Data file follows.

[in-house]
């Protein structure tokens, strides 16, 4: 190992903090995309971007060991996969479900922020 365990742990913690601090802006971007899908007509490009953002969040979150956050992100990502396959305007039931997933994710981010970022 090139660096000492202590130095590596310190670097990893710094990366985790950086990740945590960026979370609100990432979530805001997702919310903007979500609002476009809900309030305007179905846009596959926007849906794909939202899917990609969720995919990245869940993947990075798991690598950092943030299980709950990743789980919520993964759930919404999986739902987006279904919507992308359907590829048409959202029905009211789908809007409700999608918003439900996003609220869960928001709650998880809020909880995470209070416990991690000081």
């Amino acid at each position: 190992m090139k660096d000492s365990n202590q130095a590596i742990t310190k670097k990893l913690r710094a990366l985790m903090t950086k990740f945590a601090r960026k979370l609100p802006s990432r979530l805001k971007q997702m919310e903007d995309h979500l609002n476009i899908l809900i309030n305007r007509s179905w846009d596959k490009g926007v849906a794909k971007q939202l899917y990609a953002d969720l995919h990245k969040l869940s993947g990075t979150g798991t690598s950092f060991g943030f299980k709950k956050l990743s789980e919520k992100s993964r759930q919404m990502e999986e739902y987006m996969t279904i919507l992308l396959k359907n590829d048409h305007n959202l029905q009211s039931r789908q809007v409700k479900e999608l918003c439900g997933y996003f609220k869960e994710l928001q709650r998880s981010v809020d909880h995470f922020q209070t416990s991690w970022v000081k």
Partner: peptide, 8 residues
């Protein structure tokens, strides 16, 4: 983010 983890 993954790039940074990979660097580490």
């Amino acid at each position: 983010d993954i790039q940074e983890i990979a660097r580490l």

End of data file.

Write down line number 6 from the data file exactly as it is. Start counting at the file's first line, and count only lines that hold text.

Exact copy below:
């Amino acid at each position: 983010d993954i790039q940074e983890i990979a660097r580490l």